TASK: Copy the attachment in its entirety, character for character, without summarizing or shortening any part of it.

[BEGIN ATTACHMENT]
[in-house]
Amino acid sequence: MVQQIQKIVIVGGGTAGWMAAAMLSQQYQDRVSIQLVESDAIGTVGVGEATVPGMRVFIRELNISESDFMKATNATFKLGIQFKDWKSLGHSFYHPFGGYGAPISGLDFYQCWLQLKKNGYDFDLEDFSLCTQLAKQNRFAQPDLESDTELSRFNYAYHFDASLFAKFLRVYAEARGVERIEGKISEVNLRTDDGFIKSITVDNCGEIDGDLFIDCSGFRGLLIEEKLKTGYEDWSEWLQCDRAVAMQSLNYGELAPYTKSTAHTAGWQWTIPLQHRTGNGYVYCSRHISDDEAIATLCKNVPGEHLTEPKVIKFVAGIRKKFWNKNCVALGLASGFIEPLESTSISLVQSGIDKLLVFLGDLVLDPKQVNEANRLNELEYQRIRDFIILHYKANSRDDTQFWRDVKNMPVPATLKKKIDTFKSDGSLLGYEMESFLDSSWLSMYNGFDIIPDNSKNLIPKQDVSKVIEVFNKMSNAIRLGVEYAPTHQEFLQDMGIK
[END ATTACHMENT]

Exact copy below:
[in-house]
Amino acid sequence: MVQQIQKIVIVGGGTAGWMAAAMLSQQYQDRVSIQLVESDAIGTVGVGEATVPGMRVFIRELNISESDFMKATNATFKLGIQFKDWKSLGHSFYHPFGGYGAPISGLDFYQCWLQLKKNGYDFDLEDFSLCTQLAKQNRFAQPDLESDTELSRFNYAYHFDASLFAKFLRVYAEARGVERIEGKISEVNLRTDDGFIKSITVDNCGEIDGDLFIDCSGFRGLLIEEKLKTGYEDWSEWLQCDRAVAMQSLNYGELAPYTKSTAHTAGWQWTIPLQHRTGNGYVYCSRHISDDEAIATLCKNVPGEHLTEPKVIKFVAGIRKKFWNKNCVALGLASGFIEPLESTSISLVQSGIDKLLVFLGDLVLDPKQVNEANRLNELEYQRIRDFIILHYKANSRDDTQFWRDVKNMPVPATLKKKIDTFKSDGSLLGYEMESFLDSSWLSMYNGFDIIPDNSKNLIPKQDVSKVIEVFNKMSNAIRLGVEYAPTHQEFLQDMGIK